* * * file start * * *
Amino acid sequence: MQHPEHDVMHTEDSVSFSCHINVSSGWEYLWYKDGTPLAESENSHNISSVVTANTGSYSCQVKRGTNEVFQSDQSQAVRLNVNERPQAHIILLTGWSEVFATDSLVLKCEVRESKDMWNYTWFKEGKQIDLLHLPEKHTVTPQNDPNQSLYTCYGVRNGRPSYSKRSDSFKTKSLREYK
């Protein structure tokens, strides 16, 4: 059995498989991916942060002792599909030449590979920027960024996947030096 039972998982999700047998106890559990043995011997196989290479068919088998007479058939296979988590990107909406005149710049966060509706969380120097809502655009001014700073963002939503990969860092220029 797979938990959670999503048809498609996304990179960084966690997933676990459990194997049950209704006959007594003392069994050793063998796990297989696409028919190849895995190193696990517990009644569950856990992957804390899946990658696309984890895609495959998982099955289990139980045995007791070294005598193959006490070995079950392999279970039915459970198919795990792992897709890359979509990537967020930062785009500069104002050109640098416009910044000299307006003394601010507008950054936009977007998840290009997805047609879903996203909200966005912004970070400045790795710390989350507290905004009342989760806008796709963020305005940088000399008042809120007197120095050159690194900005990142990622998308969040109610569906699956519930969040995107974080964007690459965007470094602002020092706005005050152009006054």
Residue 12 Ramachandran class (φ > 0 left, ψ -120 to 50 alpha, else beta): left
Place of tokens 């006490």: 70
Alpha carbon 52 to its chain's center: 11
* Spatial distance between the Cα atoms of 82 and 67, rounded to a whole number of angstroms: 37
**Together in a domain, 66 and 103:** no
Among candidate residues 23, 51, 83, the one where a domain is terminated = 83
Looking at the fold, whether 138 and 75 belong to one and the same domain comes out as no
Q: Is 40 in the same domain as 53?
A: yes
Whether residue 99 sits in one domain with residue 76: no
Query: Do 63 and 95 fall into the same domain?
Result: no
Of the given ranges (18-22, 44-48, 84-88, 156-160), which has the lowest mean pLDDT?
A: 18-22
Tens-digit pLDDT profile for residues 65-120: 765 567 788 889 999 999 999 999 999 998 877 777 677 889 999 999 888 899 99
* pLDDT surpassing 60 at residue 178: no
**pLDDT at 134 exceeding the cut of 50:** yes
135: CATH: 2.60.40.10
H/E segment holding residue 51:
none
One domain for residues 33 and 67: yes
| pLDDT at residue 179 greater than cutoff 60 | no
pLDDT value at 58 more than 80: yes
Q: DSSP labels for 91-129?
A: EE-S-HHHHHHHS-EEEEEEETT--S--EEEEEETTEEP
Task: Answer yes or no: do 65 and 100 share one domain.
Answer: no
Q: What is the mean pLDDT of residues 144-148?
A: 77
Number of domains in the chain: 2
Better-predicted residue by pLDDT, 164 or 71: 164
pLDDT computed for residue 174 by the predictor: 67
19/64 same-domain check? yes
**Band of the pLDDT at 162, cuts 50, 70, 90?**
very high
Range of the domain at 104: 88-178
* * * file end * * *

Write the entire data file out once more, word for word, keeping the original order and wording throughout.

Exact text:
Amino acid sequence: MQHPEHDVMHTEDSVSFSCHINVSSGWEYLWYKDGTPLAESENSHNISSVVTANTGSYSCQVKRGTNEVFQSDQSQAVRLNVNERPQAHIILLTGWSEVFATDSLVLKCEVRESKDMWNYTWFKEGKQIDLLHLPEKHTVTPQNDPNQSLYTCYGVRNGRPSYSKRSDSFKTKSLREYK
């Protein structure tokens, strides 16, 4: 059995498989991916942060002792599909030449590979920027960024996947030096 039972998982999700047998106890559990043995011997196989290479068919088998007479058939296979988590990107909406005149710049966060509706969380120097809502655009001014700073963002939503990969860092220029 797979938990959670999503048809498609996304990179960084966690997933676990459990194997049950209704006959007594003392069994050793063998796990297989696409028919190849895995190193696990517990009644569950856990992957804390899946990658696309984890895609495959998982099955289990139980045995007791070294005598193959006490070995079950392999279970039915459970198919795990792992897709890359979509990537967020930062785009500069104002050109640098416009910044000299307006003394601010507008950054936009977007998840290009997805047609879903996203909200966005912004970070400045790795710390989350507290905004009342989760806008796709963020305005940088000399008042809120007197120095050159690194900005990142990622998308969040109610569906699956519930969040995107974080964007690459965007470094602002020092706005005050152009006054």
Residue 12 Ramachandran class (φ > 0 left, ψ -120 to 50 alpha, else beta): left
Place of tokens 């006490």: 70
Alpha carbon 52 to its chain's center: 11
* Spatial distance between the Cα atoms of 82 and 67, rounded to a whole number of angstroms: 37
**Together in a domain, 66 and 103:** no
Among candidate residues 23, 51, 83, the one where a domain is terminated = 83
Looking at the fold, whether 138 and 75 belong to one and the same domain comes out as no
Q: Is 40 in the same domain as 53?
A: yes
Whether residue 99 sits in one domain with residue 76: no
Query: Do 63 and 95 fall into the same domain?
Result: no
Of the given ranges (18-22, 44-48, 84-88, 156-160), which has the lowest mean pLDDT?
A: 18-22
Tens-digit pLDDT profile for residues 65-120: 765 567 788 889 999 999 999 999 999 998 877 777 677 889 999 999 888 899 99
* pLDDT surpassing 60 at residue 178: no
**pLDDT at 134 exceeding the cut of 50:** yes
135: CATH: 2.60.40.10
H/E segment holding residue 51:
none
One domain for residues 33 and 67: yes
| pLDDT at residue 179 greater than cutoff 60 | no
pLDDT value at 58 more than 80: yes
Q: DSSP labels for 91-129?
A: EE-S-HHHHHHHS-EEEEEEETT--S--EEEEEETTEEP
Task: Answer yes or no: do 65 and 100 share one domain.
Answer: no
Q: What is the mean pLDDT of residues 144-148?
A: 77
Number of domains in the chain: 2
Better-predicted residue by pLDDT, 164 or 71: 164
pLDDT computed for residue 174 by the predictor: 67
19/64 same-domain check? yes
**Band of the pLDDT at 162, cuts 50, 70, 90?**
very high
Range of the domain at 104: 88-178